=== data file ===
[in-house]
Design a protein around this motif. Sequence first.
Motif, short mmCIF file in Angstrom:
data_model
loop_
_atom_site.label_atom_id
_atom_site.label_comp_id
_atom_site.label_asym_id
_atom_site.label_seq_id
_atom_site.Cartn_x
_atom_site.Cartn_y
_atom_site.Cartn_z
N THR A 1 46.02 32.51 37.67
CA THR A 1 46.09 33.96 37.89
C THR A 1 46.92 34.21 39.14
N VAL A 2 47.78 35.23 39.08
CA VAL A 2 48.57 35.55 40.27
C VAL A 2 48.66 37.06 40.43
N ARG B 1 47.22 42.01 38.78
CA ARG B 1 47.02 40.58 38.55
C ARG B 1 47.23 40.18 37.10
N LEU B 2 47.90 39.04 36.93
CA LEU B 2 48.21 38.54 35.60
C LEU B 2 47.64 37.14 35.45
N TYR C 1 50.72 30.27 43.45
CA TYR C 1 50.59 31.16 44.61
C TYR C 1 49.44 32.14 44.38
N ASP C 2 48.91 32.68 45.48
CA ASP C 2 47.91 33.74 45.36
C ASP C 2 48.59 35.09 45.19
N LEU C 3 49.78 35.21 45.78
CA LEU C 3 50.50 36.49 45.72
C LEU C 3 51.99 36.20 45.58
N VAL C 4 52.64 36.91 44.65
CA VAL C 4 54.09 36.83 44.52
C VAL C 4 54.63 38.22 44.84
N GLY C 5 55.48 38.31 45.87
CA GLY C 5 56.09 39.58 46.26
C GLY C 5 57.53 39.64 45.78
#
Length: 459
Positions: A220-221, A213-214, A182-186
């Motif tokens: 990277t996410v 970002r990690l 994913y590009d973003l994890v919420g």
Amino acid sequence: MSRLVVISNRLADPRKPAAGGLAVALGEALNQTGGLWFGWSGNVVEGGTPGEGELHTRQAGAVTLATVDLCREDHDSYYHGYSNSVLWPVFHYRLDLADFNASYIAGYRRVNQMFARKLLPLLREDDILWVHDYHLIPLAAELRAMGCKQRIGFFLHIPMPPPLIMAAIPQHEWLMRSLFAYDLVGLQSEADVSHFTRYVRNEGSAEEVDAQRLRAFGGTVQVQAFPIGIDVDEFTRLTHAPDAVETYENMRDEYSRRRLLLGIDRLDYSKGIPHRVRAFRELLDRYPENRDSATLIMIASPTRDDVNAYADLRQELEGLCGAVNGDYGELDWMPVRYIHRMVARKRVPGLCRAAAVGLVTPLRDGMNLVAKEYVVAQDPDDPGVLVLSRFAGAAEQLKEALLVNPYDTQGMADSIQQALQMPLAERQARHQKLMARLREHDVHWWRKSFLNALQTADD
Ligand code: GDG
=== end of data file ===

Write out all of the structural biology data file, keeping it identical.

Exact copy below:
[in-house]
Design a protein around this motif. Sequence first.
Motif, short mmCIF file in Angstrom:
data_model
loop_
_atom_site.label_atom_id
_atom_site.label_comp_id
_atom_site.label_asym_id
_atom_site.label_seq_id
_atom_site.Cartn_x
_atom_site.Cartn_y
_atom_site.Cartn_z
N THR A 1 46.02 32.51 37.67
CA THR A 1 46.09 33.96 37.89
C THR A 1 46.92 34.21 39.14
N VAL A 2 47.78 35.23 39.08
CA VAL A 2 48.57 35.55 40.27
C VAL A 2 48.66 37.06 40.43
N ARG B 1 47.22 42.01 38.78
CA ARG B 1 47.02 40.58 38.55
C ARG B 1 47.23 40.18 37.10
N LEU B 2 47.90 39.04 36.93
CA LEU B 2 48.21 38.54 35.60
C LEU B 2 47.64 37.14 35.45
N TYR C 1 50.72 30.27 43.45
CA TYR C 1 50.59 31.16 44.61
C TYR C 1 49.44 32.14 44.38
N ASP C 2 48.91 32.68 45.48
CA ASP C 2 47.91 33.74 45.36
C ASP C 2 48.59 35.09 45.19
N LEU C 3 49.78 35.21 45.78
CA LEU C 3 50.50 36.49 45.72
C LEU C 3 51.99 36.20 45.58
N VAL C 4 52.64 36.91 44.65
CA VAL C 4 54.09 36.83 44.52
C VAL C 4 54.63 38.22 44.84
N GLY C 5 55.48 38.31 45.87
CA GLY C 5 56.09 39.58 46.26
C GLY C 5 57.53 39.64 45.78
#
Length: 459
Positions: A220-221, A213-214, A182-186
């Motif tokens: 990277t996410v 970002r990690l 994913y590009d973003l994890v919420g």
Amino acid sequence: MSRLVVISNRLADPRKPAAGGLAVALGEALNQTGGLWFGWSGNVVEGGTPGEGELHTRQAGAVTLATVDLCREDHDSYYHGYSNSVLWPVFHYRLDLADFNASYIAGYRRVNQMFARKLLPLLREDDILWVHDYHLIPLAAELRAMGCKQRIGFFLHIPMPPPLIMAAIPQHEWLMRSLFAYDLVGLQSEADVSHFTRYVRNEGSAEEVDAQRLRAFGGTVQVQAFPIGIDVDEFTRLTHAPDAVETYENMRDEYSRRRLLLGIDRLDYSKGIPHRVRAFRELLDRYPENRDSATLIMIASPTRDDVNAYADLRQELEGLCGAVNGDYGELDWMPVRYIHRMVARKRVPGLCRAAAVGLVTPLRDGMNLVAKEYVVAQDPDDPGVLVLSRFAGAAEQLKEALLVNPYDTQGMADSIQQALQMPLAERQARHQKLMARLREHDVHWWRKSFLNALQTADD
Ligand code: GDG